Another method of assessing sperm morphology, STRICT CRITERIA, has recently been introduced by Dr. Thinus Kruger and colleagues from Tygerberg Hospital in South Africa. This classification system correlates more closely with invitro fertilization outcome than the W.H.O. classification. The defects considered are the same as those with the W.H.O. classification. The difference is that very strict criteria must be met for a sperm to be classified as normal. According to these criteria, > 14% normal forms is considered a normal, fertile specimen. The rest are broken into two groups:

5-14% Normal Forms = "G" Pattern or Good Fertilization Prognosis

0-4% Normal Forms = "P" Pattern or Poor Fertilization Prognosis

We rely more on the results from Dr. Kruger's classification system for decision making on an appropriate assisted reproductive technology course of action. Our andrology personnel have been individually trained to perform strict criteria sperm morphology assessments by Dr. Thinus Kruger personally.

B. Pyospermia - the normal amount of white blood cells in human semen is < 1 x 106/ml. Since pyospermia, white blood cells in semen, is potentially indicative of a genital tract or urethral infection, samples should be cultured when the semen white blood cell concentration is elevated.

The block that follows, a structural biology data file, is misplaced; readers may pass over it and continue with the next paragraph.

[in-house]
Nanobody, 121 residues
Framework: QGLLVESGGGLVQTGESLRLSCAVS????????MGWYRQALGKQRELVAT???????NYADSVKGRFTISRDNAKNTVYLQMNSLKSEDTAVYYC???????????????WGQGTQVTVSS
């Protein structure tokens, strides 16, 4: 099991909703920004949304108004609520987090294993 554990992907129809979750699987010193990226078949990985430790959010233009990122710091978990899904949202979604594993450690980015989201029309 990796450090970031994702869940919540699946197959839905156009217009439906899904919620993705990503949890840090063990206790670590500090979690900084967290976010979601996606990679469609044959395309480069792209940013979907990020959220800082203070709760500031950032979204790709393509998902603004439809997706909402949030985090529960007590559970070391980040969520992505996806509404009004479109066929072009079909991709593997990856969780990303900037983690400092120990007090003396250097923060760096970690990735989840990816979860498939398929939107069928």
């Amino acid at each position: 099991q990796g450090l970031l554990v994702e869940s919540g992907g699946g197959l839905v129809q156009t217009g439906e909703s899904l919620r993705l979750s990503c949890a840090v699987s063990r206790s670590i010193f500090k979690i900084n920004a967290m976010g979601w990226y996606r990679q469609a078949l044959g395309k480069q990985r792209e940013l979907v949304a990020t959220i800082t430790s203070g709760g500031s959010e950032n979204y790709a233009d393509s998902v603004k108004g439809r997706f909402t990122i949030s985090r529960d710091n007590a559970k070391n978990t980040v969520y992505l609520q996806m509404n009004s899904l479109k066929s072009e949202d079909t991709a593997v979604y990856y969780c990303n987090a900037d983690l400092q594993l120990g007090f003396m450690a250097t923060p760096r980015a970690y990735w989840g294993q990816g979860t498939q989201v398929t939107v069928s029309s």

C. Microbiology - semen samples are not sterile. Many microbiologic organisms may be present, some of which are associated with infertility and others which have little significance. Chlamydia Trachomatis is a cause of epididymitis and may result in duct obstruction, maturation impairment and increased antisperm antibodies.

Genital tract infections and pyospermia may alter fertility in many ways and require treatment, therefore the presence of increased bacteria should be noted on the SA report. Infections may be passed to the female partner causing female tract infections and subsequent infertility. Again, semen samples should be cultured whenever indicated.

III. Sperm Quantitation

A. Sperm count - a good quality counting chamber developed specifically for a SA should be utilized. Our center utilizes a Makler counting chamber. A 5 ul drop of well mixed semen is placed on the chamber well and the cover-piece with grid is positioned on top providing a 10 ul depth sample. The cover-piece contains a central grid with 100 squares. Using a 20x objective, the number of motile cells in 10 squares is counted followed by the number of immotile cells in the same area. These numbers are totaled and provide the concentration of sperm/ml as well as % motility.